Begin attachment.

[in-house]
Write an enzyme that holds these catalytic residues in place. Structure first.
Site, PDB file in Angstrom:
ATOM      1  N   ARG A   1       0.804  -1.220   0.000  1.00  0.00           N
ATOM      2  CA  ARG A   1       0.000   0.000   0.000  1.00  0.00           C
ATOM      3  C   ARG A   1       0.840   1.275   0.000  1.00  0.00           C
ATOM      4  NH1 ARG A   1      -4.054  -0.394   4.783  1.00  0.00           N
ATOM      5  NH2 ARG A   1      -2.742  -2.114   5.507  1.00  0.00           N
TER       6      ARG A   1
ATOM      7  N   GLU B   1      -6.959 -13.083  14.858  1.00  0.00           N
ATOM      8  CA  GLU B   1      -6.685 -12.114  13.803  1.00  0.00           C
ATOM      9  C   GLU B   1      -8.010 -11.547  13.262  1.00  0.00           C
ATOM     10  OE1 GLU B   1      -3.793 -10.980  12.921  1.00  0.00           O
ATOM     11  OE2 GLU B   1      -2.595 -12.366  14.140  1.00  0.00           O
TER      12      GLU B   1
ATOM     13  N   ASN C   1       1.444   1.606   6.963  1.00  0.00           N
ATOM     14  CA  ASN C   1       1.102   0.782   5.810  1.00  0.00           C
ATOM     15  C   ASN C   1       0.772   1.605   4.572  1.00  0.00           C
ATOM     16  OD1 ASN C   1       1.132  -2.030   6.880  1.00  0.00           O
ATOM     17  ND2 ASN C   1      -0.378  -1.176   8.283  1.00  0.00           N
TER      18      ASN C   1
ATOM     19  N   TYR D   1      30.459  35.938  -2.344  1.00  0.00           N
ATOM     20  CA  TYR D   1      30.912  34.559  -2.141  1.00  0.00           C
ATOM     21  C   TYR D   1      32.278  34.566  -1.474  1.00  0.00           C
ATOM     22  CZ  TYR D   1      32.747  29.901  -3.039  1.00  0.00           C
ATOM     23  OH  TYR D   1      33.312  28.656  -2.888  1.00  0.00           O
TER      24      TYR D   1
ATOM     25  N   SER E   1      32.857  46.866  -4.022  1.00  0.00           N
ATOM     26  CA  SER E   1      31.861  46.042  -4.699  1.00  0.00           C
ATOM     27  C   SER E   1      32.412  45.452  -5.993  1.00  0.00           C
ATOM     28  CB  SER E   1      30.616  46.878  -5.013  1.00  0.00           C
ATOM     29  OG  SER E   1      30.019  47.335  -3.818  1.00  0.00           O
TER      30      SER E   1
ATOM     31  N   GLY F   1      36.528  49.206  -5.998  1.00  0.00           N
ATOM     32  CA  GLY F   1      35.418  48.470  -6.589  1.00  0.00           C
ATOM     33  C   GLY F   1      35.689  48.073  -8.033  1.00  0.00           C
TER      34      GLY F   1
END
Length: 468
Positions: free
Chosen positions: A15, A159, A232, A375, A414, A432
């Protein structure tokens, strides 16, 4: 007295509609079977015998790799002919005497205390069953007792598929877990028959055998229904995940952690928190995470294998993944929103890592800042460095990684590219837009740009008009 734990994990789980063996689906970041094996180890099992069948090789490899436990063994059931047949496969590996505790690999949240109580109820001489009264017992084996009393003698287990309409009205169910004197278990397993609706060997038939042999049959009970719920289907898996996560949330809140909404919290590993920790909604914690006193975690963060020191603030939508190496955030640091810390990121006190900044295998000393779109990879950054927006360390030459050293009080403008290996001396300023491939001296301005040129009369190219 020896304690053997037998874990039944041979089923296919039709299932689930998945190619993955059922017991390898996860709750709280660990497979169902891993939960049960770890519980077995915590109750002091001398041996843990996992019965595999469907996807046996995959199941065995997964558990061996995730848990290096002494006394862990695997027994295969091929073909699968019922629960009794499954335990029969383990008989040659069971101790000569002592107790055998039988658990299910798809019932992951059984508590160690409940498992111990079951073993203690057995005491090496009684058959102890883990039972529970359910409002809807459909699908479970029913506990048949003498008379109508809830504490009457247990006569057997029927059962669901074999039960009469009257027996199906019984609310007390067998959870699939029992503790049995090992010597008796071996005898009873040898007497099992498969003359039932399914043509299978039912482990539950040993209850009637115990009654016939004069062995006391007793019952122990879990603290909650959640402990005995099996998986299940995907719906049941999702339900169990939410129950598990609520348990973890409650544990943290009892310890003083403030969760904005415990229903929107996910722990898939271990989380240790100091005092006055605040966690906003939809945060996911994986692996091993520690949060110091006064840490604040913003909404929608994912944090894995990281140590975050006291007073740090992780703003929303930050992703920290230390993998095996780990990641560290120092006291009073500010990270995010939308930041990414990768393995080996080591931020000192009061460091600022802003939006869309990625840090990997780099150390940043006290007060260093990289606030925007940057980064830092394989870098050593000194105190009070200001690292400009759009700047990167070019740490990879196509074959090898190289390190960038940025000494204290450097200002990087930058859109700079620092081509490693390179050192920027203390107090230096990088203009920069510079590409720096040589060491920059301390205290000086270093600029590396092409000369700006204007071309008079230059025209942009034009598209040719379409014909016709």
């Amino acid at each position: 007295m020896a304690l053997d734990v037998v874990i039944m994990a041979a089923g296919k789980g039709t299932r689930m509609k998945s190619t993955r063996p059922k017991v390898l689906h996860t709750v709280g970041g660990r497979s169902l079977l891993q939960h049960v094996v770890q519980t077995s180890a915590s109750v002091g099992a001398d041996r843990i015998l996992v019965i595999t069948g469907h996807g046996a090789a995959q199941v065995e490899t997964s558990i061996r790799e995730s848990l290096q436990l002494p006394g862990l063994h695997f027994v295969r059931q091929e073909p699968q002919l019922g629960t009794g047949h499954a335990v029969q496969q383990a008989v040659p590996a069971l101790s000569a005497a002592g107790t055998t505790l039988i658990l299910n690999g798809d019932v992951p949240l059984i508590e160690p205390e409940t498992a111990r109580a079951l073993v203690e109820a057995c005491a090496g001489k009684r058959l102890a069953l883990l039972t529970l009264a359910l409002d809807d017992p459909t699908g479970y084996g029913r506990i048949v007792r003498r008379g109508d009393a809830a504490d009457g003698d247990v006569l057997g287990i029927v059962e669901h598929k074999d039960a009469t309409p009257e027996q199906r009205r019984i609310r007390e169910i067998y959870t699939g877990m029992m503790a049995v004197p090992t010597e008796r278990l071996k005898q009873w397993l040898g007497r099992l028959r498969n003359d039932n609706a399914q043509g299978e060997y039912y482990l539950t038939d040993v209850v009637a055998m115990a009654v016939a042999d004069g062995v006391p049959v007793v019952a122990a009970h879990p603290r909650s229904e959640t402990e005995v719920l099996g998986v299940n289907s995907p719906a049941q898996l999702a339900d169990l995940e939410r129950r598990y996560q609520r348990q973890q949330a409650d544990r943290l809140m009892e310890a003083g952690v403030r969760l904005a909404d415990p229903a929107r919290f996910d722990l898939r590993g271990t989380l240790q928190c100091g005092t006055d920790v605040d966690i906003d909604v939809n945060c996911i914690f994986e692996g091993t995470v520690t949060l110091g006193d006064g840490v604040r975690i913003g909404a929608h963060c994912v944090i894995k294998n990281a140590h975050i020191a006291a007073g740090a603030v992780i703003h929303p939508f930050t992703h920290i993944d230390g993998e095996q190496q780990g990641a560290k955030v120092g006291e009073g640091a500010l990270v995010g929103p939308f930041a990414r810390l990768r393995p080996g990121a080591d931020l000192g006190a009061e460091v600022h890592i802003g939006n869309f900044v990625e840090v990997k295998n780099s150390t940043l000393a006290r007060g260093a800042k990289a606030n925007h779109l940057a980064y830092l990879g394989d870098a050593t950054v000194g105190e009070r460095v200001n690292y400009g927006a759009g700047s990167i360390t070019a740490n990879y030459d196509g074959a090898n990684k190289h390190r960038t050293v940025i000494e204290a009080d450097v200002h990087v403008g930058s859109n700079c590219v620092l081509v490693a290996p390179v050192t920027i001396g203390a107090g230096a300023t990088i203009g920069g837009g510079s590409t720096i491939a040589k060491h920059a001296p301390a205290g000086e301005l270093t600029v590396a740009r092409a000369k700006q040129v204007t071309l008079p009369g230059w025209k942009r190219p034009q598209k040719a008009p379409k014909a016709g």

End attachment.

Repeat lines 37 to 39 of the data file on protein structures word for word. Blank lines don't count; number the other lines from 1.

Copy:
TER      34      GLY F   1
END
Length: 468